When the ship’s captain and the fat man who brought us all here stood together on the dock, talking low, I should have taken it as a sign. Their hands jabbed the night air in anger, and a murmur passed through me that my husband and I had made a mistake. The shuffling crowd propelled us forward. There was no choice but to move with them.
Glints of uncertainty passed among the crew as we all boarded. Instinct compelled me to step back, remain on land. I glanced at my husband for his agreement, but he set a grim smile, tugged my hand, and gave a subtle yet sharp nod of his head. We’ll risk it.
And so we squeezed in with all the others—backs, shoulders and knees touching. Touching strangers.
Once the morning had paled the night waters, my husband took out the postcard from his inside pocket and held it in his lap. His thumb caressed its creases. Neither of us had slept—my stomach was too bunched with worry. If the vessel capsized, I wanted to be ready to swim. He put his arm around me, and we stared in silence at the picture: a lake in Java with a beach. A small flock of tourist huts skirted that side of the shore, and mist lingered amid the trees on the surrounding mountain slopes. An empty deckchair sat alone in the middle of the sand.
My seat, my husband had written back late one night. He’d sent the letter by clandestine post. That’s where I’ll live out my days. Be sure it is empty when we arrive.
That’s where we were headed, to live with our son. He said he could find us work, if we could escape.
I put my arms around my husband and hugged him tightly.
* * *
Weeks passed and we clung to that postcard, even though the tropical sun paled the image and darkened our skins until they peeled like the paper bark of a cajuput tree. The hope that we might make it to Sumatra faded too, trapped on this craft as we were—weak, rations low. For us passengers, at least. The crew seemed strong, able. But we were too old to fight our way through the young men who dived upon and snatched up our daily provisions and could only scavenge what little we found overlooked on the floor. If we were quick.
People were dying, dehydrated, sick, starved. We’d stopped covering our noses when they relieved themselves overboard, barely glanced when their bodies were rolled into the sea. More food for us—we recognised the cogs turning in our neighbours’ eyes, to our shame. What little good it did us.
Our ‘liberators’ honed the same mean glare as the military slavers of home. They were not going to share. And especially not the man in charge, whose heteroclite bulk amid this kettle of scarecrows no doubt came from years of feasting on misery and fear. Smugness mooned from his fat face—as did the shine on his chicken greased lips. Belu.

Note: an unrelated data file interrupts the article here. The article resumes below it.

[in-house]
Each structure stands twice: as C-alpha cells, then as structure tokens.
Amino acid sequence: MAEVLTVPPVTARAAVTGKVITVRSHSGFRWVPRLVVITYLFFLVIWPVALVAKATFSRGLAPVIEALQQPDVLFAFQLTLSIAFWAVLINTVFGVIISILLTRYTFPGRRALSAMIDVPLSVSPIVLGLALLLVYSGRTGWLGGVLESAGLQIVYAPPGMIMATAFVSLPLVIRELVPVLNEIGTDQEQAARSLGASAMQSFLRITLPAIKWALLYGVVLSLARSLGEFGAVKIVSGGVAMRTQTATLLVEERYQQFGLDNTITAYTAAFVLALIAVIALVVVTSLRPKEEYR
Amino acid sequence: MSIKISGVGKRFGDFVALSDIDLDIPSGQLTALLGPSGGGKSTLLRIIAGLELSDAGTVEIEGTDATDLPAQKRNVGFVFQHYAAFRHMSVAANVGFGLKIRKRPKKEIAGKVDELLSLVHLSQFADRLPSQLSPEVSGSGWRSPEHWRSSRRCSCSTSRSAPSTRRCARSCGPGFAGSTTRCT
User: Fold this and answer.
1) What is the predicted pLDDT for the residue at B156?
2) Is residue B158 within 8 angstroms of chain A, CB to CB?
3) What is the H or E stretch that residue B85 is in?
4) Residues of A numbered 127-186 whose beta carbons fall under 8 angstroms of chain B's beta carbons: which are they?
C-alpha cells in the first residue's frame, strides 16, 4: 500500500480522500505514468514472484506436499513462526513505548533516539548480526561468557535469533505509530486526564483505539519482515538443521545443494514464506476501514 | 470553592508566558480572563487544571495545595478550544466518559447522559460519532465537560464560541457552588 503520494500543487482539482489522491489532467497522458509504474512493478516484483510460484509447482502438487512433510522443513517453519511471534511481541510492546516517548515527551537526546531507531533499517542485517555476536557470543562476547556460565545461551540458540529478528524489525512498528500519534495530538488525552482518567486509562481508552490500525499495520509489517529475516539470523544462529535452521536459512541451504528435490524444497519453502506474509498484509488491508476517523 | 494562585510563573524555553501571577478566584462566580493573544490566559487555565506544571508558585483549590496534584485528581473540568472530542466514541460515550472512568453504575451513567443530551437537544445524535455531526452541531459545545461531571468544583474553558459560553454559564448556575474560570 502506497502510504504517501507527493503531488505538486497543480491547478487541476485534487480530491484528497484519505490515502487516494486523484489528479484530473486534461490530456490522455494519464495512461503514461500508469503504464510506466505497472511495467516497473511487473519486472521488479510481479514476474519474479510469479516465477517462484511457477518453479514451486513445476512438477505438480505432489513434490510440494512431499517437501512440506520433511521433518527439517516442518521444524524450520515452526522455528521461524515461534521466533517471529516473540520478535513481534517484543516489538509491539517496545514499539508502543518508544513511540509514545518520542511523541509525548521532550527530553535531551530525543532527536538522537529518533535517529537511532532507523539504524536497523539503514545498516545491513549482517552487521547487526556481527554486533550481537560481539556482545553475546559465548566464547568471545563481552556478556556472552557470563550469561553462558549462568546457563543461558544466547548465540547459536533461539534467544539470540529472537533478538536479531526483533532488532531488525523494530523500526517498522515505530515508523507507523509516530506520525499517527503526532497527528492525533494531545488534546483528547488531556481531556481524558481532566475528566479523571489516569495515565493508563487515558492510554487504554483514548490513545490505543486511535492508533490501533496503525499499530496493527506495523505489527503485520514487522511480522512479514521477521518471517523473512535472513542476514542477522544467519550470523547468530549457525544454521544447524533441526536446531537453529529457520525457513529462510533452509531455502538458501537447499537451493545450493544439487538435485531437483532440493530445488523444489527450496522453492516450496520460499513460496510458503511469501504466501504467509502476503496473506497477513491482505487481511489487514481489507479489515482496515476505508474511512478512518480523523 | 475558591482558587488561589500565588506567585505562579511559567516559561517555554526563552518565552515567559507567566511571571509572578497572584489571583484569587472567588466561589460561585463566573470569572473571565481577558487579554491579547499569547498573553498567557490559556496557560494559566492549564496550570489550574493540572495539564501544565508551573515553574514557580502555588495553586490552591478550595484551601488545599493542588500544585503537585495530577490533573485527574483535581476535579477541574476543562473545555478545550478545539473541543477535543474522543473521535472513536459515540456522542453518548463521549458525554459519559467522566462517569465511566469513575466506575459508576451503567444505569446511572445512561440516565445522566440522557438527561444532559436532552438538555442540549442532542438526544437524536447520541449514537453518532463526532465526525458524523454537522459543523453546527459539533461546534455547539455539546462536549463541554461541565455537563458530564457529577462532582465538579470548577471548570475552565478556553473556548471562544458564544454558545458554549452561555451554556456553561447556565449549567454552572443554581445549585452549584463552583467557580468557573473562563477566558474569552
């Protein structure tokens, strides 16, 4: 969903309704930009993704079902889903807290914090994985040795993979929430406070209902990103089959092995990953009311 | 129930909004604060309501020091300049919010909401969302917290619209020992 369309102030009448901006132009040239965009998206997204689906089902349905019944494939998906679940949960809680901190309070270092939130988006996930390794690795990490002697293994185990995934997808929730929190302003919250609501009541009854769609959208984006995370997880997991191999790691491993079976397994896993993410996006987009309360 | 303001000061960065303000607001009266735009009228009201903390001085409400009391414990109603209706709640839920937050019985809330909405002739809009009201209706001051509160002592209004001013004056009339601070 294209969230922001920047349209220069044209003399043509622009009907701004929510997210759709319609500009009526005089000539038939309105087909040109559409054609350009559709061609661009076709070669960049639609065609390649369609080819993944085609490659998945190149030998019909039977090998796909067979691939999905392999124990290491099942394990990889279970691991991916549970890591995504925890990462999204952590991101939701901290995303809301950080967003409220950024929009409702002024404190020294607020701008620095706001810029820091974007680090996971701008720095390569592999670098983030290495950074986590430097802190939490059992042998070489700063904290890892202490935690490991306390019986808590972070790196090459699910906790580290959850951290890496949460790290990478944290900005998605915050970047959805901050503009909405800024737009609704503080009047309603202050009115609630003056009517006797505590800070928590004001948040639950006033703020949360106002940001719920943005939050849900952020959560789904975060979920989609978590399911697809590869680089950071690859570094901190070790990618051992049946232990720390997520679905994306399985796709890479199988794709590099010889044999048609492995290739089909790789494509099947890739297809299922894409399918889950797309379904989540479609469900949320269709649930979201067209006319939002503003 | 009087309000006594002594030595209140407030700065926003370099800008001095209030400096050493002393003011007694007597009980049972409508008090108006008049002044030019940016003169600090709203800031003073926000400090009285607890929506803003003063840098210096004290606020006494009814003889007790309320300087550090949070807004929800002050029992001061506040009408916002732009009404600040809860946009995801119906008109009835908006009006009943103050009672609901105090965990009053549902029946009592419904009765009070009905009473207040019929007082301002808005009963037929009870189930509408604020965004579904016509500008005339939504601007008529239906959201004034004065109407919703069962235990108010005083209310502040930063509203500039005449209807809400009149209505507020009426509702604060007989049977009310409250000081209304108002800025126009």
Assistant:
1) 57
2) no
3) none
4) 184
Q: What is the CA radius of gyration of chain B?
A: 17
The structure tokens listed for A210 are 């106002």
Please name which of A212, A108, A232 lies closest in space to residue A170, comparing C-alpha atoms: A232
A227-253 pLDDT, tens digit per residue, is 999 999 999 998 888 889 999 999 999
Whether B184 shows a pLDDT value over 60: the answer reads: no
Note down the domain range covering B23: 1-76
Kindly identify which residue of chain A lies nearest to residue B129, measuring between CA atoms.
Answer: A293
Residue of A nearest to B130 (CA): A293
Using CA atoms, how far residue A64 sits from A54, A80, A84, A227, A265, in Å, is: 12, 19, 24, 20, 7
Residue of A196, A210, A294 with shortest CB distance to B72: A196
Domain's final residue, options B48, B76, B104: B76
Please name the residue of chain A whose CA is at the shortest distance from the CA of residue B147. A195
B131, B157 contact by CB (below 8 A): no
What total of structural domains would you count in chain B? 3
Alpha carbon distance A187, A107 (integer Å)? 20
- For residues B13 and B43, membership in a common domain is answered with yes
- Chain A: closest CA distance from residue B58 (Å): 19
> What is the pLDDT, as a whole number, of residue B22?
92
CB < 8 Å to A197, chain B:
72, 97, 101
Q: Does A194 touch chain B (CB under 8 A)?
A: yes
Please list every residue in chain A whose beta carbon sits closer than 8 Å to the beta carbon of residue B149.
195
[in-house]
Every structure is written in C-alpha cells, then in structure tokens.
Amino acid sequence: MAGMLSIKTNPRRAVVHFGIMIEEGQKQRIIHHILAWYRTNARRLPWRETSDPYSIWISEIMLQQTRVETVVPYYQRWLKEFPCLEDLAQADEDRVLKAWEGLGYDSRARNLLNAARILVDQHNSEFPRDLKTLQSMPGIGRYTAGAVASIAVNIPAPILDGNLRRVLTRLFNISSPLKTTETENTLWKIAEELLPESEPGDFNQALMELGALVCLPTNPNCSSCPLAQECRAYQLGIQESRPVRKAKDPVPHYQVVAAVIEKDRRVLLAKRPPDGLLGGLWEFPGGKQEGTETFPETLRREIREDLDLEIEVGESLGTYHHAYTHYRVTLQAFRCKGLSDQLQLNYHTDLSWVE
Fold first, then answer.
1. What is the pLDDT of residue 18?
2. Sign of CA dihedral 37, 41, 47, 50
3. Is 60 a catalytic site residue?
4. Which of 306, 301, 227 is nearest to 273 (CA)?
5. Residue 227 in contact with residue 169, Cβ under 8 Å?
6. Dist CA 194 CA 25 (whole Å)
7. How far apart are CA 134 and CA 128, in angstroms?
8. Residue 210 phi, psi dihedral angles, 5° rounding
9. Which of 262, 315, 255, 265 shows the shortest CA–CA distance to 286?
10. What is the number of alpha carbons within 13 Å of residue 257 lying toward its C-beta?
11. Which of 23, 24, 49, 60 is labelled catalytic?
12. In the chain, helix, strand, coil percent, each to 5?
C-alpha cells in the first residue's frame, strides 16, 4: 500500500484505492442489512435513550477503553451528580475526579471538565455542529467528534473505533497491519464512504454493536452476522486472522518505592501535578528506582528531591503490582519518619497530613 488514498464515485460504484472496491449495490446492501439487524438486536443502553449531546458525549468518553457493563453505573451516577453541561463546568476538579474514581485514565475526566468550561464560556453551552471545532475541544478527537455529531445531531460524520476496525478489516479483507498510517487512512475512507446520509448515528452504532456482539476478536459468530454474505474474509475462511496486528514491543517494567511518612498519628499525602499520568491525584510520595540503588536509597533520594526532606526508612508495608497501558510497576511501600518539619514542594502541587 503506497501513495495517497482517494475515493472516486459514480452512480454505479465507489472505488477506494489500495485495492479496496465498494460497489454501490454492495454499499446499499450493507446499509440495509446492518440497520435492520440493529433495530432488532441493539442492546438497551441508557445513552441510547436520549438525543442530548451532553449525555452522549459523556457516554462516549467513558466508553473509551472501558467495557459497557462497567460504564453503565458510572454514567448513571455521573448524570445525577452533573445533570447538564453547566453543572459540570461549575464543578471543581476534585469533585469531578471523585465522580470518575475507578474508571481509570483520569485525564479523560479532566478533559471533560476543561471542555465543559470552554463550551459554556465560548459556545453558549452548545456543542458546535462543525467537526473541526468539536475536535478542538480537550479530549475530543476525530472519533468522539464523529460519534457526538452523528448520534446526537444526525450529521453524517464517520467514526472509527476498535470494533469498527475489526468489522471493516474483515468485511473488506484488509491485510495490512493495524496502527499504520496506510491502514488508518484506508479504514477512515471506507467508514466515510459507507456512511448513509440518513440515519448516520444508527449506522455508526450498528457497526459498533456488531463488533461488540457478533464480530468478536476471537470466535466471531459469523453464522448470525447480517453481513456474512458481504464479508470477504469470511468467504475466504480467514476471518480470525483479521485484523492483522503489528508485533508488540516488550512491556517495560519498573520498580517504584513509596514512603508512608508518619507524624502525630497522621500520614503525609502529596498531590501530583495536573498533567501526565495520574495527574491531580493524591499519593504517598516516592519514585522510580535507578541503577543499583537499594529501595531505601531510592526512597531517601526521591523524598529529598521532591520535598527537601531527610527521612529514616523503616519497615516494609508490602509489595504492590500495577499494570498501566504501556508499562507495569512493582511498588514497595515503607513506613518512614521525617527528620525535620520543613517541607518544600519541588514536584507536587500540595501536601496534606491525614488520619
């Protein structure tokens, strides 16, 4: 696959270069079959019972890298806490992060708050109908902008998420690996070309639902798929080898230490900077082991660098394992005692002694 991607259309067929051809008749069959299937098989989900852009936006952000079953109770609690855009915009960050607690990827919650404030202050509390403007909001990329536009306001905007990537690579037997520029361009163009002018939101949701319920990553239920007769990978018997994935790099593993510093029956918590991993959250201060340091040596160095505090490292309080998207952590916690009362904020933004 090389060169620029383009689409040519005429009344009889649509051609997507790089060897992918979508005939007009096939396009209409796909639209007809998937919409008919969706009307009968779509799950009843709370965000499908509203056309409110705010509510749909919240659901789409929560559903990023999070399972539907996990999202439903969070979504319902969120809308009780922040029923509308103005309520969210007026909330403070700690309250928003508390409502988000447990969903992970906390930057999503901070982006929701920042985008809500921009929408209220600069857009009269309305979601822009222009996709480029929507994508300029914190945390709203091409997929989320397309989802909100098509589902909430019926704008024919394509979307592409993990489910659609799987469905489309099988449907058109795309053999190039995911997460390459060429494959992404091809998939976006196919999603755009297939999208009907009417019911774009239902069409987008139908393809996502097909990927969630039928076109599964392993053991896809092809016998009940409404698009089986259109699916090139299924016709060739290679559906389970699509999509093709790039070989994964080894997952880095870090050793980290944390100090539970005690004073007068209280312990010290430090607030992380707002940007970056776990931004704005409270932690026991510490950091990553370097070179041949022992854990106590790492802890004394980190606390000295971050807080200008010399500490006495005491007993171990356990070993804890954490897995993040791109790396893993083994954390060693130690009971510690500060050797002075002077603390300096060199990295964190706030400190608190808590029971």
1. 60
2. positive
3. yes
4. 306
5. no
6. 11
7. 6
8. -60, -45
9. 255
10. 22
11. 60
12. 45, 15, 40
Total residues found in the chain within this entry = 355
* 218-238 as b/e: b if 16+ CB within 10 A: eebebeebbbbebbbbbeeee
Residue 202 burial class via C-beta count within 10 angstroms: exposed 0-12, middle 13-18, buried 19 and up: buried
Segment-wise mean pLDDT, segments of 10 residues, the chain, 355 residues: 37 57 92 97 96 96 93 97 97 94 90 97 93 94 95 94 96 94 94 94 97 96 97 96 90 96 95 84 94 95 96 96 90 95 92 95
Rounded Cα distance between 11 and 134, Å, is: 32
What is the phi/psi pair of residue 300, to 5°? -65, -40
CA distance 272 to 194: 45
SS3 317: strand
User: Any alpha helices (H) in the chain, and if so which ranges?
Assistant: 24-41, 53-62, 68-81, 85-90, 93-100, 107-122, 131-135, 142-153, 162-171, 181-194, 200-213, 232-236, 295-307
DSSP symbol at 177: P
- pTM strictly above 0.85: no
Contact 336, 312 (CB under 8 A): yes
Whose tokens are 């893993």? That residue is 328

One day, tensions whipped into a tempest, snapping what tenuous tethers were left. The usual melee of arms over rice and hacking voices for water became a scuffle, fists flying. Men toppled onto us and sprang back up only to tumble down the other end of the boat, a roll of tangled brown limbs and snagged t-shirts thumping the planks.
There was shouting, so much shouting.
Blood slapped onto the wood, our backs, our knees.
Belu hacked and hacked at a young man’s back with a machete, its blade wide, silver catching sunlight while crimson arched wet and thick in the air.
Other crew members, they slashed and sliced too.
People were jumping out of the ship—women, children, grandmothers, fathers. My husband dragged me by the shoulder, the cloth of my dress bunched firmly in his fist. We scrambled as far to the bow as we could, ready to bail out ourselves. But they stopped. They glowered. Their eyes said no more but they never said a word.
At the edge of the boat, a child screamed for her parents, her arms outstretched to the V of foam and blood speeding away behind us. Belu stroked his thumb on the knife’s handle, his attention tugging from us to her.
I grabbed her, brought her down to us before he decided to push her over. It took just minutes until we could no longer see the silhouettes of heads bobbing above water.
* * *
The child cried until I thought she had died. I kept her to my chest, stroking her head. No more than nine and already seen more than was fit. She sat in between us, our arms tightly embracing our trio, even though emptiness swelled in the spaces around us.
In the following days, we showed her our postcard and told her over and over of the beach and the bungalow where we would live. She would have her own boat to go fishing on the lake and bring us all supper in the evenings.
‘Could I have a cat?’ she once asked, the first thing she’d spoken.
I kissed her and said, ‘Of course.’
Every day for a week we talked of our lake, until one night when the siren came and the big boat pulled up beside us.
‘Be sure to tell them you’re our daughter!’ I whispered. ‘Remember, or they’ll take you away from us.’
When we arrived at the refuge, their brows insinuated our lie by our age, but they accepted it nonetheless. And so now we must wait.
Our postcard is pinned to the wooden chair—the only furniture we have by our beds. My husband took a pen and redrew some of the details. He also added a boat.
Somehow, we’ll make it to the lake, the chair, and the cat, us three. Strangers.
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